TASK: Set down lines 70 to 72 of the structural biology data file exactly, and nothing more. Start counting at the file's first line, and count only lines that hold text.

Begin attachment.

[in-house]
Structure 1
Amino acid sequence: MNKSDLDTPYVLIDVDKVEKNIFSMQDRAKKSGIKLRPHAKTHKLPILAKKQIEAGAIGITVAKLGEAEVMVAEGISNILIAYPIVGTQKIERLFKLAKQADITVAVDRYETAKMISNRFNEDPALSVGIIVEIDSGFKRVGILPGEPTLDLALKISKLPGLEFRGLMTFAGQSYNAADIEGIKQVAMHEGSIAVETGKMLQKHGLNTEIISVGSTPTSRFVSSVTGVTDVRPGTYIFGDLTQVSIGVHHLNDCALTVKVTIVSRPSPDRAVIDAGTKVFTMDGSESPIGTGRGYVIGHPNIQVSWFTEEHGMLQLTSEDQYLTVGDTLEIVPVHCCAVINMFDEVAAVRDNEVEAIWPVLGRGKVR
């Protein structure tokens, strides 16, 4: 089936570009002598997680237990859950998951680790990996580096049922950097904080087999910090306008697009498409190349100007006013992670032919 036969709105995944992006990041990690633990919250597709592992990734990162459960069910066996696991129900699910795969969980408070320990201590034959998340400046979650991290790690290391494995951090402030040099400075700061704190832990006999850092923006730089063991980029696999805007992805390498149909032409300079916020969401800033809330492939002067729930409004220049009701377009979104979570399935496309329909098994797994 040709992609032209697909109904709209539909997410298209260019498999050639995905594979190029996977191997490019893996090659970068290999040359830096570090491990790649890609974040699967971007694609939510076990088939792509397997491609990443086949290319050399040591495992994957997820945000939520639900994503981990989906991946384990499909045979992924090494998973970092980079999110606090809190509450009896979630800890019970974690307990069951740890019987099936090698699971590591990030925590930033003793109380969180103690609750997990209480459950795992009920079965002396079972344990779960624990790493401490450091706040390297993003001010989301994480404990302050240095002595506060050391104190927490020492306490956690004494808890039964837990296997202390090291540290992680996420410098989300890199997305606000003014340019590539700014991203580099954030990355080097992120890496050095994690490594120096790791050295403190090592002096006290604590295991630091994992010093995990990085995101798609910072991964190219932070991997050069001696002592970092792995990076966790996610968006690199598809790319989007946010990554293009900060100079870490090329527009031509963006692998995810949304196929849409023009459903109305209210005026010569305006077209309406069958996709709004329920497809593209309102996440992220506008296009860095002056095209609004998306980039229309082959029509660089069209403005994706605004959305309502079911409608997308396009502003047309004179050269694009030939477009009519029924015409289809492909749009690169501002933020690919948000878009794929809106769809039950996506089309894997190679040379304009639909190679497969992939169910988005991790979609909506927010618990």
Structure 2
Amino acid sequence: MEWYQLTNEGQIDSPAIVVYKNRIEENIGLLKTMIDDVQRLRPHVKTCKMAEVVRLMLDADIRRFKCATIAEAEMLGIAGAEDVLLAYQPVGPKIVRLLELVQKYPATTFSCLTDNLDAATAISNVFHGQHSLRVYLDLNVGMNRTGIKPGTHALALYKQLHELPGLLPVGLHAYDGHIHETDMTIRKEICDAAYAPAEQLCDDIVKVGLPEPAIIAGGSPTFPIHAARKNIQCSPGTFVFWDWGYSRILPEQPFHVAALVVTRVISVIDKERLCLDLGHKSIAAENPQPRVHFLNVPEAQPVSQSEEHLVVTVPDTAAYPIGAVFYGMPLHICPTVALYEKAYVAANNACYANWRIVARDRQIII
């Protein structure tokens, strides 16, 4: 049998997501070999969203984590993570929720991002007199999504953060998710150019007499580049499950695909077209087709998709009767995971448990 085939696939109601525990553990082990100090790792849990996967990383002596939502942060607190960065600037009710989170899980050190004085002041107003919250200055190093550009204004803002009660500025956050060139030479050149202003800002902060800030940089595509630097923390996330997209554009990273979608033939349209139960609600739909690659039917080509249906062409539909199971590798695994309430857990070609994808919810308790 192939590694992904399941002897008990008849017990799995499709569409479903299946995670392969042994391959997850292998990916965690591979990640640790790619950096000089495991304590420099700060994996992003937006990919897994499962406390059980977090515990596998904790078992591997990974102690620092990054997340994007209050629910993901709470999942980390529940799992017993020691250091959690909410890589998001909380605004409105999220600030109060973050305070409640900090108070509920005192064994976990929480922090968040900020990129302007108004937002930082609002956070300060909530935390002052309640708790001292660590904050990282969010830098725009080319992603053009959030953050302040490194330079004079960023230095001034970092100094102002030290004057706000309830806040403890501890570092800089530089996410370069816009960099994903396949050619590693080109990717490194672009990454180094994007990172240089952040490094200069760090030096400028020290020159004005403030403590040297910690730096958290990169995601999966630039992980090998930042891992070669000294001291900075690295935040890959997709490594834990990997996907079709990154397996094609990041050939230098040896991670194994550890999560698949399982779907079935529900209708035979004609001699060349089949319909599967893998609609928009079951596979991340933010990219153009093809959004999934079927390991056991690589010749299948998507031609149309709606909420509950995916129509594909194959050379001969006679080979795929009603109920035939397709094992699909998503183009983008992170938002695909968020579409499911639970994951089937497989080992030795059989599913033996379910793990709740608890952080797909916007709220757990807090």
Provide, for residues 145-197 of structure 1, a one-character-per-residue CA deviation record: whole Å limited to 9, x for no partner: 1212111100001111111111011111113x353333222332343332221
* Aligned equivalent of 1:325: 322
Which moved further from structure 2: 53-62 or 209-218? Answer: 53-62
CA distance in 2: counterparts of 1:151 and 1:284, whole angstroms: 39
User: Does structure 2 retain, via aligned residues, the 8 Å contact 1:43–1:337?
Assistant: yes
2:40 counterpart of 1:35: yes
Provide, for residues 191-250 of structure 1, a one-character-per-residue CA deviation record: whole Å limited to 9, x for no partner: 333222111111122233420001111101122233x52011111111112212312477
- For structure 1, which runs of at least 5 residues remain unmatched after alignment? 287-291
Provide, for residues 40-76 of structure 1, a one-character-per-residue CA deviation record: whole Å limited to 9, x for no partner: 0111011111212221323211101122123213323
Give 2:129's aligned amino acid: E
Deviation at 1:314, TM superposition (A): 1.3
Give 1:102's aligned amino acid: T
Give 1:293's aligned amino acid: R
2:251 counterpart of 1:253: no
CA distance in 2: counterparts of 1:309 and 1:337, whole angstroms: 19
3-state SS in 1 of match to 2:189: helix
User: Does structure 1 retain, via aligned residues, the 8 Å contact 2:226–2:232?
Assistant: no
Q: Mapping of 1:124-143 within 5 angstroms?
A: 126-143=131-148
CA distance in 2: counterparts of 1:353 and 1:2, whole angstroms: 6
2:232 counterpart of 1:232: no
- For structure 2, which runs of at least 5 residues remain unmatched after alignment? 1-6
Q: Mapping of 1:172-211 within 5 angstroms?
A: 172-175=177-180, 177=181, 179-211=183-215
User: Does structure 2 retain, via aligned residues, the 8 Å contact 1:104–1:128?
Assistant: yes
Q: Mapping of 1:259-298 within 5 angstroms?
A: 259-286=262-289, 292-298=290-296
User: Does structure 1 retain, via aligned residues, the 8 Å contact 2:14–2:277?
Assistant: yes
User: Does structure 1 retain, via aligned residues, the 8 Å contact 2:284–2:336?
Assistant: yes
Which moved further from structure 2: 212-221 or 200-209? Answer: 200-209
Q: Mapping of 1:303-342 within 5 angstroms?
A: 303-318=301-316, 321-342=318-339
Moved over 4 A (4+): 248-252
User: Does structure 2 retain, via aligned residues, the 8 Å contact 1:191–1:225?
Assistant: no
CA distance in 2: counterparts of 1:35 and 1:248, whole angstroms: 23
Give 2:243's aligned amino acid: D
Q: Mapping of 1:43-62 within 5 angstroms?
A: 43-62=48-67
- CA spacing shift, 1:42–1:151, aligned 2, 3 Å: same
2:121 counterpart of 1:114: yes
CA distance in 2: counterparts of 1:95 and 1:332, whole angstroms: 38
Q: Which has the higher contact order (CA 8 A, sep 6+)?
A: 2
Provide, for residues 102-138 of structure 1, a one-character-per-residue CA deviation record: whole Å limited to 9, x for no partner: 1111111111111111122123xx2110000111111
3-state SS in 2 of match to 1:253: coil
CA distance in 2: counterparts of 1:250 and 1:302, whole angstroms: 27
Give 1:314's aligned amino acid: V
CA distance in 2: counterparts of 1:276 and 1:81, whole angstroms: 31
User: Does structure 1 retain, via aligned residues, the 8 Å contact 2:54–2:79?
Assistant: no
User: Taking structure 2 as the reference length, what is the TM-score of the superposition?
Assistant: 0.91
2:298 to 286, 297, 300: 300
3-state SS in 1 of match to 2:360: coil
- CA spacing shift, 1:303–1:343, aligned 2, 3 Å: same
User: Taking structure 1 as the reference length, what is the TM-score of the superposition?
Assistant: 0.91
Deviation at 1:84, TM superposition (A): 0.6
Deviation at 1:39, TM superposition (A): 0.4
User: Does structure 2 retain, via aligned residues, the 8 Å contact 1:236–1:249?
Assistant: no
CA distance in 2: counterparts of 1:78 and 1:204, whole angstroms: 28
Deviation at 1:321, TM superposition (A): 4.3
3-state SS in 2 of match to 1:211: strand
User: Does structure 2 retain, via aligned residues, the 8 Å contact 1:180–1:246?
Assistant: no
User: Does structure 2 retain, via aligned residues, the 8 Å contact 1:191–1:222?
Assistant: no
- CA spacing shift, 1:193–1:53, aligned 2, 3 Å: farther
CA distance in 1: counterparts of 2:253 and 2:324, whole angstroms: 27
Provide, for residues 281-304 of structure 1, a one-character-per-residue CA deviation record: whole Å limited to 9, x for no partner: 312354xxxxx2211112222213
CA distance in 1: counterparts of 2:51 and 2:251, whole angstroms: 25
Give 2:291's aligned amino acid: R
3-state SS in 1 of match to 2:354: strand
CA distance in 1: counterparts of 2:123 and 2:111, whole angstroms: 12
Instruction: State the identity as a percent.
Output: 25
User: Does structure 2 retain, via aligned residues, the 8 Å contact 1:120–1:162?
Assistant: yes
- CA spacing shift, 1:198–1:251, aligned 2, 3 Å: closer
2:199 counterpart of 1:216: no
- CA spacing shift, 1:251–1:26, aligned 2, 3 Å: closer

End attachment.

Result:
Assistant: 0.91
Deviation at 1:84, TM superposition (A): 0.6
Deviation at 1:39, TM superposition (A): 0.4